The End of the End of the World.


Described as a spatial essay, the recently finished exhibition “After the End of the World” at CCCB in Barcelona, presented a tour into “the Anthropocene planet” through a selection of speculative design, architecture, scenic arts, photography, science, and philosophy works.

The exhibition space was solved with a series of screens, like thresholds, transporting us to different present and future scenarios of climate change at global scale. The territories, the urban and domestic landscapes recreated by the different installations of the exhibition reflexively depicted the logical result of years of neoliberal extraction and dispossession; a result that we have swallowed without question under the mantra of progress, skillfully sweetened with several years of marketing.

Sea State 9: Proclamation. Charles Lim Yi Yong

The beautiful and disturbing satellite images curated by Benjamin Grant and the terraforming systems in Singapore shown by Charles Lim put us face to face with this extractive and testosteronic logic of domination, with which we have learned to perceive the environment: as an object to be exploited and which purpose is basically to satisfy our needs. Somehow, these installations seem much like those head news announcing major catastrophes to which we are practically anesthetized, because let’s be absolutely sincere: in reality we have not achieved much with good intentions, moral appeals or discouraging forecasts, while we continue without questioning the Western-welfare model, the production system, the continuous growth and the consumption level that allows them.

The installation of Kate Davis and Liam Young – Unknown Fields points to the production and consumption problem stated above, highlighting the landscapes and human stories behind one of the most globalized industries on the planet: the textiles. This installation brought to our mind that in 2016 H&M featuring M.I.A. already tried to touch our sensibility with a global call to recycling labeled #WorldRecycleWeek. However, the 2017 collection and the subsequent ones, kept arriving on time to their stores.

Superflux displayed an urban domestic space of emergency and self-production. The installation had an atmosphere of certain oppression and isolation that is disturbingly familiar. This installation didactically speculates on the chains of production, consumption and food sufficiency that will allow some form of subsistence in the metropolis to come. In our opinion, it was the best installation of the exhibition.

Natalie Jeremijenko re-edited the Environmental Health Clinic, a proposal to take science to the citizens at the street level, it was coupled with a program that jumped outside the limits of the museum and gave a unique and interesting didactic dimension to the whole exhibition.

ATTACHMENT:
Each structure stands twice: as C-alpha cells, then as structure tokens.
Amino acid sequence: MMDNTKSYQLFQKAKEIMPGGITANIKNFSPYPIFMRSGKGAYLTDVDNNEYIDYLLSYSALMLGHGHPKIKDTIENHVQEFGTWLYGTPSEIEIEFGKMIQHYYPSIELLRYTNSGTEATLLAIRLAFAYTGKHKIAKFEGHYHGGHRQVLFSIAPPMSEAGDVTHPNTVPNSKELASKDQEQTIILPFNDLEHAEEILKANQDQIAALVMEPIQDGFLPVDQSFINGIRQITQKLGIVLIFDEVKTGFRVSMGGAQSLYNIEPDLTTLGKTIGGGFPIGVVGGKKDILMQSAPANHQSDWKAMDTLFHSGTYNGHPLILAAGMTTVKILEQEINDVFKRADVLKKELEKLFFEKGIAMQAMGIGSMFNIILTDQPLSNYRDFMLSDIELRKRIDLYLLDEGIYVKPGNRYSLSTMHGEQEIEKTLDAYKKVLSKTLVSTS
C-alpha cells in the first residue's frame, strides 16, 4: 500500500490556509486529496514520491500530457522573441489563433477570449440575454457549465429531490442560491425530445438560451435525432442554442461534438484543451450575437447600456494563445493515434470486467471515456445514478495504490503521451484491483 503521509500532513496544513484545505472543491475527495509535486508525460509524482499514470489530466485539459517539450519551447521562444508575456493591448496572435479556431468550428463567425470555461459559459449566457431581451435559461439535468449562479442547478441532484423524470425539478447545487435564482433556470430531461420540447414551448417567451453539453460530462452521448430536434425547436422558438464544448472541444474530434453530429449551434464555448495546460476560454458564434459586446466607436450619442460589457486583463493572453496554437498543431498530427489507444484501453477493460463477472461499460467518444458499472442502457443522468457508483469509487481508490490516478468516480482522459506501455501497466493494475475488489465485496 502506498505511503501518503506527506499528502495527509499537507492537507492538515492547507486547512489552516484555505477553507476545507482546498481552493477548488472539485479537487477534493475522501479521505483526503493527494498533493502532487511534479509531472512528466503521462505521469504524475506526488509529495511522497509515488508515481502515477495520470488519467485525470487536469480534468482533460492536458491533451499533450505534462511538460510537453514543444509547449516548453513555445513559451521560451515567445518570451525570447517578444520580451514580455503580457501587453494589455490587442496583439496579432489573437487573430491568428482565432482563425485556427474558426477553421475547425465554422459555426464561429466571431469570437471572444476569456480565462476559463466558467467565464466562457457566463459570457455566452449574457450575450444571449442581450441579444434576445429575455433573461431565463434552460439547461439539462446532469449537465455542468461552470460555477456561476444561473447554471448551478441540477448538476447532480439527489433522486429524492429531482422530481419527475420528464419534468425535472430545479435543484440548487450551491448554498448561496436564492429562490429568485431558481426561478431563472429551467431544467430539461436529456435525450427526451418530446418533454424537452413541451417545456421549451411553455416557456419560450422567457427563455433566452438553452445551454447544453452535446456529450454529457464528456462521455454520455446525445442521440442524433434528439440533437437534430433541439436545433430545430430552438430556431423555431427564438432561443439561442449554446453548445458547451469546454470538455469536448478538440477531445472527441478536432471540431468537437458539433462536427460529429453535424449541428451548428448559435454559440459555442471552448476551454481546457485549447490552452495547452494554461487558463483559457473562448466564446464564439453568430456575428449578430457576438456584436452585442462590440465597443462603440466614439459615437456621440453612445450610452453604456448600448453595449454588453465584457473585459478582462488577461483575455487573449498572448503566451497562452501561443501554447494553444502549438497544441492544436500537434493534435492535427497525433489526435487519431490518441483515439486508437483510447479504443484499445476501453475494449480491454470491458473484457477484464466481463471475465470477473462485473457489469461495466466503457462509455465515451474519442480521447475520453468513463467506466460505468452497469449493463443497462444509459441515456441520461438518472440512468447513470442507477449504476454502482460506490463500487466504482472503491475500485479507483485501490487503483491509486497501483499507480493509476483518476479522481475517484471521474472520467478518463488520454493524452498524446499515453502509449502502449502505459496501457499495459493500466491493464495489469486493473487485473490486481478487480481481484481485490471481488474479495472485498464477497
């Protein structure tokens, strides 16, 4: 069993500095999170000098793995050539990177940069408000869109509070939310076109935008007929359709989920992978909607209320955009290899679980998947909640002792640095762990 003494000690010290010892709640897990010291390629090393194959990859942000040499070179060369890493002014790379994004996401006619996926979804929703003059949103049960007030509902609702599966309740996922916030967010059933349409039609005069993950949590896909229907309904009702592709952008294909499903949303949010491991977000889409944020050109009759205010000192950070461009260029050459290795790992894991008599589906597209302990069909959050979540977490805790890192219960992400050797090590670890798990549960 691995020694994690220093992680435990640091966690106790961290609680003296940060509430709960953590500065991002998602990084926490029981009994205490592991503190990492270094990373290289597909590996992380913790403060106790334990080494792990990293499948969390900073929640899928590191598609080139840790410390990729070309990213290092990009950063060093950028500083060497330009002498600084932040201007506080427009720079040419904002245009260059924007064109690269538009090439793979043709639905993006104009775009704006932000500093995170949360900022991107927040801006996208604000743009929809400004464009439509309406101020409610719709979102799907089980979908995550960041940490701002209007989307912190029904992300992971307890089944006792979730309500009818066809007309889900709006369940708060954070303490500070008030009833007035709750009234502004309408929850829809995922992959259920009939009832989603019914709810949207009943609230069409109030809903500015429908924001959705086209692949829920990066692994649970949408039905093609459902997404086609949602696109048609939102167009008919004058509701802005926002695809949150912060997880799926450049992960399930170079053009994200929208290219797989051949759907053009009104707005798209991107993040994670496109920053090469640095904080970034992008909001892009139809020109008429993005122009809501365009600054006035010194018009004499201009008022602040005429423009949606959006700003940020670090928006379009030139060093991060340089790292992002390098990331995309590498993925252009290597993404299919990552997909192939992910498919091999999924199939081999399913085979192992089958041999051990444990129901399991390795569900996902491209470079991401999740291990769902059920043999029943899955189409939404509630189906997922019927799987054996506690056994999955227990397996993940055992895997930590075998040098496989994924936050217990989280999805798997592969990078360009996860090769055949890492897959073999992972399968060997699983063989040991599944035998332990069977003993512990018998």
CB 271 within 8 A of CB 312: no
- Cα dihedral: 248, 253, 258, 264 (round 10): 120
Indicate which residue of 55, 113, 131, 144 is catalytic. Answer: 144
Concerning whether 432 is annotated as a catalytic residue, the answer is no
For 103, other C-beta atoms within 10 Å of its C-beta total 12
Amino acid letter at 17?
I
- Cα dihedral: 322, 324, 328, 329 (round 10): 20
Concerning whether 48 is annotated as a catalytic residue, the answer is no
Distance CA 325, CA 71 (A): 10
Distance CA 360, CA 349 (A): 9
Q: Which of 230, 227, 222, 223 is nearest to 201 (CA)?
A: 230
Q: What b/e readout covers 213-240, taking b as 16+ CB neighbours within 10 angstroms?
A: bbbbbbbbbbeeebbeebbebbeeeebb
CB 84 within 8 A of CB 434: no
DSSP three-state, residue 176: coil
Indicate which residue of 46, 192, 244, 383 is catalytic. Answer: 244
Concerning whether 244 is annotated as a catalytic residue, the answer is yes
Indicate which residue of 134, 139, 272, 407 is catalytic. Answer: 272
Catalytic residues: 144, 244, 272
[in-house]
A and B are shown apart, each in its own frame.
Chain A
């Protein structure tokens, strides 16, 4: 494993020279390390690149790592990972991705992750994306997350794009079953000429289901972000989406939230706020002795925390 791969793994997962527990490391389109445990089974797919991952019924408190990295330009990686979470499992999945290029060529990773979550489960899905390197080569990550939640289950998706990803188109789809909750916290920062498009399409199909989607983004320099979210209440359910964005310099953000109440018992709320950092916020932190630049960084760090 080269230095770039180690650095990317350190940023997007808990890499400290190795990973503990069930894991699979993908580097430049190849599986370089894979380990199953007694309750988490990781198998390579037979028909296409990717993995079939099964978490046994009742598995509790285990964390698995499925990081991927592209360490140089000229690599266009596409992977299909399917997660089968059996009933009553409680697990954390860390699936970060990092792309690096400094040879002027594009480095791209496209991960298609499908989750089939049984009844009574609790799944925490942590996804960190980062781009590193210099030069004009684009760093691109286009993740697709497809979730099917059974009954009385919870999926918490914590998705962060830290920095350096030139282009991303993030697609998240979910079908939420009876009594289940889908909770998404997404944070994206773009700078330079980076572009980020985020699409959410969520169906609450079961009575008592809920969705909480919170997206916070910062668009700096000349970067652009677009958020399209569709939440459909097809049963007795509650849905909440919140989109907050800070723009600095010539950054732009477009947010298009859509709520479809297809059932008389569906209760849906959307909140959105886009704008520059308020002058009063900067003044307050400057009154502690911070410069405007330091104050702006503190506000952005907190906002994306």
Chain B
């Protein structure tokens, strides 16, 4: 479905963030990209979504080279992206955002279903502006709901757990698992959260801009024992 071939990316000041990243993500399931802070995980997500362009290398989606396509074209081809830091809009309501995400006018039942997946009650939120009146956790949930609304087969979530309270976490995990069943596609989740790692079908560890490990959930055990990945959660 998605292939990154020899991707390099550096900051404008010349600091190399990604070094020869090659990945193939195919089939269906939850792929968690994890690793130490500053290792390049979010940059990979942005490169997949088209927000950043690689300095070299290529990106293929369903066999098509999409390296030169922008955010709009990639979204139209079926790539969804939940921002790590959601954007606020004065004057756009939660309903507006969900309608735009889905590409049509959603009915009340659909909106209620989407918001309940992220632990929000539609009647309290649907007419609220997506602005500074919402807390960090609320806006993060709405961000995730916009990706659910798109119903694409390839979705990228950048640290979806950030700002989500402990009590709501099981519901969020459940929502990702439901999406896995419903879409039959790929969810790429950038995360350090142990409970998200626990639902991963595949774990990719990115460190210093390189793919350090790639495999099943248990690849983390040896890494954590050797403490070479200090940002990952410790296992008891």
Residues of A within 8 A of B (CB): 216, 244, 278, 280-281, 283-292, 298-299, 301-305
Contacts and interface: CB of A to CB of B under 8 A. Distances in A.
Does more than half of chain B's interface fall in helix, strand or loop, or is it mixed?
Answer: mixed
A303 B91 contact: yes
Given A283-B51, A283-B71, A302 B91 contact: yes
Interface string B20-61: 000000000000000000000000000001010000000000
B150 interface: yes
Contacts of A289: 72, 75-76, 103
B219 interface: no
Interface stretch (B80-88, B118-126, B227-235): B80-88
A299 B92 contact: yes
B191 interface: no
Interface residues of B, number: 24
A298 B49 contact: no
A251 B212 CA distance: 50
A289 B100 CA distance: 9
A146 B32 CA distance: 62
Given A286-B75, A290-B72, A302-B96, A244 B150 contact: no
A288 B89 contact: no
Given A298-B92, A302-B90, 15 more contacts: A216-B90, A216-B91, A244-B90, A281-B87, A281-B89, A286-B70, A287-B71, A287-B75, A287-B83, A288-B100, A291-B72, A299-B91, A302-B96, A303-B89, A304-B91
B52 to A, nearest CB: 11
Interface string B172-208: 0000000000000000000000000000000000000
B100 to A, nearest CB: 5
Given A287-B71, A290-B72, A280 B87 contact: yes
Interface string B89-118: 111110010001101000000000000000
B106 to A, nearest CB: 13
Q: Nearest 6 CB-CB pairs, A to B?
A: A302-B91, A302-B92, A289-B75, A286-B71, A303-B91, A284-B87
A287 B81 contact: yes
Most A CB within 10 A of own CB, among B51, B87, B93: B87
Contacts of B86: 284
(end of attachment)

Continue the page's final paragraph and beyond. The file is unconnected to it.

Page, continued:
Mitigation of shock. Superflux.

With all the above, it was a bit problematic to digest the poetic-philosophical-narrative thread of the exhibition, entrusted to Timothy Morton incarnated as “Minister of the Future” [sic]. It is not that ideas like hyperobjects (e.g. climate change) or ecology without nature are not consistent. In fact, they would have given solid arguments for a narrative that challenges the natural-artificial binomial and our perception as beings embedded in nature.

Because there is nothing more authentically human than the bureaucracy and its institutions (including Ministers and their Ministries). So, unless the intention was to revisit the masterly irony of Orwell’s farm (without a hint of rebellion), the scenarios, arguments, and promises developed by Morton still drag a lot of “anthropo-” and little of “non-human” [1]. It seems that WOOO (Western Object-Oriented Ontology) has just discovered something that so-called animists cultures have been cultivating for some time ago with exquisite sophistication [2]. Under this current of thought, it seems that after the collapse of the industrial society, we were just waiting for the arrival of white shamans to explain us the agency of our environment.

Toxic waste from an aluminum plant in Darrow, Louisiana. Daily Overview.

It is precisely this Western, white, human and still testosteronic view that in our opinion dismantles the main narrative of the exhibition. It has missed in making visible the interconnections, in making evident the mesh that shows the interdependence between humans and non-humans (if we still want to involve Morton); the latent power of the networks of affection around us, the conviviality and the conflict, or the myriad of life thresholds beyond human biological tolerance.

We left the installations with the certainty that there are still many worlds, and they will be here long after the end of this exhibition.


[1] Timothy Morton as Minister of the Future in the exhibition “After The End of the World”. Plus: Morton’s Opening speech and ministerial programme.

[2] Dylan Rainforth – How Aborigines Invented the Idea of Object-Oriented Ontology.
un Magazine 10.1 36/39.



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